Bands have their own strengths. A good bandleader also can act as master of ceremonies who knows when to dim the lights, serve the next course, or play slower songs so people can catch their breath. And the right band can make a Billy Joel or Frank Sinatra song sound just as good as the real thing. "Brides are a little suspect of a band's ability to sound like the artist -- it's our goal to make the song sound as real as possible," says Bob Forman, president of Faze 4 Orchestras, based in Great Neck. "It's just engaging the guests without being over the top, so when they leave they say they had a great time."

Beware of a few music no-no's, including playing songs your guests just won't get. If you love swing music but most of your celebrants are barely out of college, mix in a few swing numbers, but don't make a whole night of it. Similarly, Forman says, non-dance music like Phish or Metallica doesn't work for a wedding. "If people aren't dancing, the wedding is not going to be a success. I have to talk couples out of crazy things they have on their iPod. Maybe we can play them as listening music when people are eating dinner." If you do have special song requests, mention it at the time of booking -- not the week before the wedding.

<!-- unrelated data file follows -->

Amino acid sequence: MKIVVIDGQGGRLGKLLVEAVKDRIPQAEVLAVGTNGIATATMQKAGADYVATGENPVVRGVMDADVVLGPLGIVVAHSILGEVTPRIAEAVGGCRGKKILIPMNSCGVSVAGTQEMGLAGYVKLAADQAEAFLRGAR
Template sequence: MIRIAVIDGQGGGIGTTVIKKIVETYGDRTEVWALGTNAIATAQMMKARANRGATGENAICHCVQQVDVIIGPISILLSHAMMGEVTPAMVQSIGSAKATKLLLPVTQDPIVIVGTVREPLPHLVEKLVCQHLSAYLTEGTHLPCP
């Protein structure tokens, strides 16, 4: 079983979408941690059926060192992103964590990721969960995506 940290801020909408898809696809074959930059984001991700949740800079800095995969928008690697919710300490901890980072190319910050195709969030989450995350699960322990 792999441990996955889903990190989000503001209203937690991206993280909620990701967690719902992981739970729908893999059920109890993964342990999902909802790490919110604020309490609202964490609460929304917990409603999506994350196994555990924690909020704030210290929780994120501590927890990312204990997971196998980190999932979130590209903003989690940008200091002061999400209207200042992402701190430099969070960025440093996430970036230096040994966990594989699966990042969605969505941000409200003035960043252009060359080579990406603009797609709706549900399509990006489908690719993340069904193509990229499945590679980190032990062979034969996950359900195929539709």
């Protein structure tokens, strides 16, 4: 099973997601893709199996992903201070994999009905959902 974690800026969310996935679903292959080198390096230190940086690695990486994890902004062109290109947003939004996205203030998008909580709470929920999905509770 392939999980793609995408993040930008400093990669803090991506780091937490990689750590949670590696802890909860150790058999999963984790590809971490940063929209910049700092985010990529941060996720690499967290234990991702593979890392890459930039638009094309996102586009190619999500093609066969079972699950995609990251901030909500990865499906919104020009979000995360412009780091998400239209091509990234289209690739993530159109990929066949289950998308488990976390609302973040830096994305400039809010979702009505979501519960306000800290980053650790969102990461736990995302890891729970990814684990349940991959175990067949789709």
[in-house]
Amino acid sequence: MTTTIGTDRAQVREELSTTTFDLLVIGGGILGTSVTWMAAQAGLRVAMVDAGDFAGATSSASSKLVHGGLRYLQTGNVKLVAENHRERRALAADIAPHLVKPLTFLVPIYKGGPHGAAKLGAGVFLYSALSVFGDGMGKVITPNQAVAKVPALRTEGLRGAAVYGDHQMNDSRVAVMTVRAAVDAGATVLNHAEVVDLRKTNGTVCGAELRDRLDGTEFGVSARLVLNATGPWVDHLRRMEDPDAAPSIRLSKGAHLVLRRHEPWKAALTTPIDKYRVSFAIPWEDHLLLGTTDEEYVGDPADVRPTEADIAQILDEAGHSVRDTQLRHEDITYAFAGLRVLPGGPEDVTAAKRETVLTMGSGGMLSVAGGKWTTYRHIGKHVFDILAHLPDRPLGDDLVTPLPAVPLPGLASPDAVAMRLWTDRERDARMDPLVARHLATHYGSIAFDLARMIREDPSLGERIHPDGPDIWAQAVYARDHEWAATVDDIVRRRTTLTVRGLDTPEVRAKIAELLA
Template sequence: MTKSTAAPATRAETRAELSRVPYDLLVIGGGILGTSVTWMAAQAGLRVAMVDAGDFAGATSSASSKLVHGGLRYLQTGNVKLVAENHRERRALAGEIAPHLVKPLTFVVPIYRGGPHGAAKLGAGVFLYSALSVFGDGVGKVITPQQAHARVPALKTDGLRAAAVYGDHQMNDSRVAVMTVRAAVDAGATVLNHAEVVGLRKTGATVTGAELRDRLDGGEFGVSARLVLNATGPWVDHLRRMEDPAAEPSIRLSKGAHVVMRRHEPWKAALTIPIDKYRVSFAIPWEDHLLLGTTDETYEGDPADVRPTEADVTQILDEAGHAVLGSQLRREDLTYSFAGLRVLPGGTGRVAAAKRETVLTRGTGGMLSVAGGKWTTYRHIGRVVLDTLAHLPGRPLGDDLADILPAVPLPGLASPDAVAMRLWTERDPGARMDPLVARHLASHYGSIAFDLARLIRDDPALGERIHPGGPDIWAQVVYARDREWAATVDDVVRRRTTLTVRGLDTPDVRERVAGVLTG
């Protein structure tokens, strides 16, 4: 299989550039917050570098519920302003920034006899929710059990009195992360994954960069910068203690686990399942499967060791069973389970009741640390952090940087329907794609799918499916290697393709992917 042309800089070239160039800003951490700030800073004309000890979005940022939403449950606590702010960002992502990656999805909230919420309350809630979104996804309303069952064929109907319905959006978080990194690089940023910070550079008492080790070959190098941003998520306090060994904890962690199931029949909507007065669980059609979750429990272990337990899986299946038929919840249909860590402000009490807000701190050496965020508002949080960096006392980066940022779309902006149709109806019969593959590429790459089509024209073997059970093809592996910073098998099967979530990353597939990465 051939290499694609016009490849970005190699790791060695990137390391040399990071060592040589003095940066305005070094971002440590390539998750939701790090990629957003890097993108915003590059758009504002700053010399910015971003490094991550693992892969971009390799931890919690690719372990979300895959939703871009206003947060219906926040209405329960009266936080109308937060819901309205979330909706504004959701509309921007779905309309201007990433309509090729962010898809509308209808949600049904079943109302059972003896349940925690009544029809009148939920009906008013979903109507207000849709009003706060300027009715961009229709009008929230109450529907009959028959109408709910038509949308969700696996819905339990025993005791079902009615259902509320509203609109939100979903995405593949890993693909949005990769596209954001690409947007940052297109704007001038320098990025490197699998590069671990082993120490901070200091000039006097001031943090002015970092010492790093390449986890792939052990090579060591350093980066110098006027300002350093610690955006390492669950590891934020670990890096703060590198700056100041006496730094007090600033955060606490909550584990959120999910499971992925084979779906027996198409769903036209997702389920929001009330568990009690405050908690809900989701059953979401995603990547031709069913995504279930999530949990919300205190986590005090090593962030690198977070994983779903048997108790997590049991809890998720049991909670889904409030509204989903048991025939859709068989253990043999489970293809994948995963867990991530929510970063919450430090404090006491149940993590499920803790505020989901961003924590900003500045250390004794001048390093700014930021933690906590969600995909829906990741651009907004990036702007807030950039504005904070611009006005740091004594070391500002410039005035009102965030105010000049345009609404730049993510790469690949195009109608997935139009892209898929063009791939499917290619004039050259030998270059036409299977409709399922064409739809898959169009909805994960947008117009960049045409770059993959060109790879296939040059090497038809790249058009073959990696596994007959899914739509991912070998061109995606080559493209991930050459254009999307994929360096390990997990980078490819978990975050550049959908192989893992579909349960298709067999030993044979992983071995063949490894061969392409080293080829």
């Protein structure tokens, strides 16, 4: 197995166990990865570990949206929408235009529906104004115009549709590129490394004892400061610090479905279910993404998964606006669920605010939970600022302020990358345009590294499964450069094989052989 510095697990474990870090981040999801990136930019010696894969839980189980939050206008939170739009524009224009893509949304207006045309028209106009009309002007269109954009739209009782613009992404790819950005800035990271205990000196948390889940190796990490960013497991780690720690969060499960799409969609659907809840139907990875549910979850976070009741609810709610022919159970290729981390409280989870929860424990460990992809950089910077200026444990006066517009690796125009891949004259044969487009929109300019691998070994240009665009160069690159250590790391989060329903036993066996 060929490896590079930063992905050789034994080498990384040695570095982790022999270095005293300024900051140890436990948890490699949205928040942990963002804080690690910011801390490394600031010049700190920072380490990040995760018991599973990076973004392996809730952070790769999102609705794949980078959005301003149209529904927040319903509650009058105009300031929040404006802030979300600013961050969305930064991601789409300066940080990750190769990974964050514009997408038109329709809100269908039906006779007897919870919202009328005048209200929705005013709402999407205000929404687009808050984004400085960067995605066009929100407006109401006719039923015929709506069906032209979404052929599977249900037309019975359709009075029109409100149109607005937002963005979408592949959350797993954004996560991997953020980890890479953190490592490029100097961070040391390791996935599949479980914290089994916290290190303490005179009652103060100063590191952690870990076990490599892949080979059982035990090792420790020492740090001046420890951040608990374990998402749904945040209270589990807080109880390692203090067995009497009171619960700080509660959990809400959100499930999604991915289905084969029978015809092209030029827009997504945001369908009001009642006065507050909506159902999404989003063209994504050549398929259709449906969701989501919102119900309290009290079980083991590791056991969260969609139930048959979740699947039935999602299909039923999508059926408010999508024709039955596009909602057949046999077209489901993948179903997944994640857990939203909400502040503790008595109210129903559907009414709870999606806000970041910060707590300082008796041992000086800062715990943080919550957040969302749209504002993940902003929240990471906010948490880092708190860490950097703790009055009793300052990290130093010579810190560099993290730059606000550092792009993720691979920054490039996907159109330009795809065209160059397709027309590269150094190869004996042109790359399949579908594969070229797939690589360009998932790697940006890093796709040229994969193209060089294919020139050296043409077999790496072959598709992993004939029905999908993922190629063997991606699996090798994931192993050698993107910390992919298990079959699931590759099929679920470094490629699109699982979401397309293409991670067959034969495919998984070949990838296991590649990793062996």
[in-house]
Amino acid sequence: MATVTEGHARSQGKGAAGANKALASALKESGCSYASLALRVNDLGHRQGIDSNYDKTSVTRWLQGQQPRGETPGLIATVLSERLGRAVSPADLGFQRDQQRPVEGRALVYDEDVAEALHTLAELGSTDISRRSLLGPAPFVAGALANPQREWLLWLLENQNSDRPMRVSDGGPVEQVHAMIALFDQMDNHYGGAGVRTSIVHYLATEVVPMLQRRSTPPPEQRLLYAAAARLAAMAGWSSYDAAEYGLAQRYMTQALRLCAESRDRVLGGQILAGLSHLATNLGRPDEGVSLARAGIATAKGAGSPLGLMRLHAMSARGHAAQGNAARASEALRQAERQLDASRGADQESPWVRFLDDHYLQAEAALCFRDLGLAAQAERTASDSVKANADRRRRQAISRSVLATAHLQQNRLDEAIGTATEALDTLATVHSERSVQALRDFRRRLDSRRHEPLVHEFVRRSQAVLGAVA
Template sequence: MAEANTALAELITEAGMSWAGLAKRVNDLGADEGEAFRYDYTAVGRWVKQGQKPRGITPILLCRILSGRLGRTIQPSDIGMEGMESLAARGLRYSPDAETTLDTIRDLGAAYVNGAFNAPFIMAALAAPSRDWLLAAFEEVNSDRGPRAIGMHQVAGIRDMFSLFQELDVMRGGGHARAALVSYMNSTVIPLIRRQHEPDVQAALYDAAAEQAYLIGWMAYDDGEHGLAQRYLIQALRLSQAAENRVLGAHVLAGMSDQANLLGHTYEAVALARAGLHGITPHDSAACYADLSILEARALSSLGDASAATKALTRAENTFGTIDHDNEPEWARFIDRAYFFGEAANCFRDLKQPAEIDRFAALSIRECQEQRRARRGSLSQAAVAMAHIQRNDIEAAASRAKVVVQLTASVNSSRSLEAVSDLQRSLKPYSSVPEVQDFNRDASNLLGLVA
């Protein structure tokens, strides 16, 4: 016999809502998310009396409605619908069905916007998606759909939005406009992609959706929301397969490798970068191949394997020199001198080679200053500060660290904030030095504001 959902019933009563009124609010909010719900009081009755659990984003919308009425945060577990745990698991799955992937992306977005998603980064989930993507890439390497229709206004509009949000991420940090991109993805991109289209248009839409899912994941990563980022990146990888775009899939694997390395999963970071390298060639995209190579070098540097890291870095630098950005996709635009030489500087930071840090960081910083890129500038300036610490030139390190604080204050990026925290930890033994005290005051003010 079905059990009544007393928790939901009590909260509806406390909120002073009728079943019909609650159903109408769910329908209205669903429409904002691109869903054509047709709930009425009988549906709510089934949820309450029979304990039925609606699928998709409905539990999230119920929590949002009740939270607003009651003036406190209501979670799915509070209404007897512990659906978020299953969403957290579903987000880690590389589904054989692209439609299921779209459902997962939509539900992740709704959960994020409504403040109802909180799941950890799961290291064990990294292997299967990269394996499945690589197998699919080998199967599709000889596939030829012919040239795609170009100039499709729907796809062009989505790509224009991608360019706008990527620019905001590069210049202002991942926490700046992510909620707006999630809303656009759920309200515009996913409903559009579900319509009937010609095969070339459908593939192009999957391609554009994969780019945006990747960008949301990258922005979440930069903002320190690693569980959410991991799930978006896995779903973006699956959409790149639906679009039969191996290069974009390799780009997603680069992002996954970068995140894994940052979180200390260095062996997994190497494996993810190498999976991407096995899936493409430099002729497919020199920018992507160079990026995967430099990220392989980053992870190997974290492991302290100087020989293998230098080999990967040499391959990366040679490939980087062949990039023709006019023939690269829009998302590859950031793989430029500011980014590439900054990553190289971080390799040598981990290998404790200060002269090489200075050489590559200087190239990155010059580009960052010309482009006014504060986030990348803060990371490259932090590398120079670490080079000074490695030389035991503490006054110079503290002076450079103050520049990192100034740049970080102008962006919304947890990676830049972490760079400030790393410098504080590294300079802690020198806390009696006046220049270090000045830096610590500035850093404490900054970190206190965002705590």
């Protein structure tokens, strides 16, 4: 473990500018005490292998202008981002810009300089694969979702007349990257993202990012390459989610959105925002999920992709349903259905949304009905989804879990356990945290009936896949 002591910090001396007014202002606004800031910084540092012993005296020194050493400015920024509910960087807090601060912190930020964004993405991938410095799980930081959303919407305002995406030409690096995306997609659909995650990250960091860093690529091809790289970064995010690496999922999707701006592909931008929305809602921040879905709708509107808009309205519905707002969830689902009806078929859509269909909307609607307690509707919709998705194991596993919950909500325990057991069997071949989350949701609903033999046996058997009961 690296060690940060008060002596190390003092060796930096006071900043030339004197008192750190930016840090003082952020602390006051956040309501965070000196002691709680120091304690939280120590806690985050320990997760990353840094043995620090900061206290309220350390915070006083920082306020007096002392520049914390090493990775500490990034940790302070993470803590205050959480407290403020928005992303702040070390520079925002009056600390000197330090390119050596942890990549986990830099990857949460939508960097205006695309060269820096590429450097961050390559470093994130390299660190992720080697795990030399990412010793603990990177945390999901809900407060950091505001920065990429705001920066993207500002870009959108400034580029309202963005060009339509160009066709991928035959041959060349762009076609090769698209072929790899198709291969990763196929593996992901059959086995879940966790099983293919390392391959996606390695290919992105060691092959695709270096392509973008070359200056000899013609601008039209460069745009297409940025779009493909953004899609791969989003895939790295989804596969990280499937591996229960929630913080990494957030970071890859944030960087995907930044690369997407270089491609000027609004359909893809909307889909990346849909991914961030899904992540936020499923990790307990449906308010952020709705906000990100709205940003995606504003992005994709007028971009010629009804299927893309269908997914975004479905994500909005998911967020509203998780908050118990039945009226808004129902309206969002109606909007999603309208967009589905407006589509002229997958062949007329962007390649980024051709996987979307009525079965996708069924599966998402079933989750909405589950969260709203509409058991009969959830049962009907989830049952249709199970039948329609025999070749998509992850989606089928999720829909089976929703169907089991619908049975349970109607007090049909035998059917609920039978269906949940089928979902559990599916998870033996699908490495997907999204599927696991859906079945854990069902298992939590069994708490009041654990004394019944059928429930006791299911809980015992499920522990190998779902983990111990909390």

And if you can't decide, consider a combo of live and canned. "Some bands offer DJs that will play during dinner, or an in-house DJ within the band who will spin while the band is taking a break, so you get the best of both worlds," says event planner Michael Russo, who coordinates weddings from Long Island to California.

Today, many parties mix DJ music with a live accompanist, like an acoustic guitar or electric violin player. Principe said he's also had couples come in for DJ lessons, so they can surprise everyone with a bit of their own spinning.

At Jennifer and Brad's party, the band got the crowd going with a bongo player who let everyone, including the bride and groom, take a turn on the drum. Jennifer was thrilled at how much her 220 celebrants enjoyed it, "Whether it's a band or DJ," she says, "if you have a fun crowd and the people are happy, it's always a blast."

The wedding hit parade

To get your guests to show they can move like Jagger, play one of the top 10 dance-worthy wedding songs of the summer, selected by the top DJs at Scratch Weddings:

1. Starships, Nicki Minaj

2. Wild Ones, Flo Rida featuring Sia

3. Turn Up the Music, Chris Brown

4. We Are Young, Fun

5. We Found Love, Rihanna

6. Feel So Close, Calvin Harris

7. Somebody That I Used to Know (remix), Goyte

8. Glad You Came, The Wanted

9. How Will I Know We Found Love (DJ Joshu Ra mashup), Rihanna / Whitney Houston

10. Animal, R.I.O.

advertisement | advertise on exploreli

Like us

advertisement | advertise on exploreli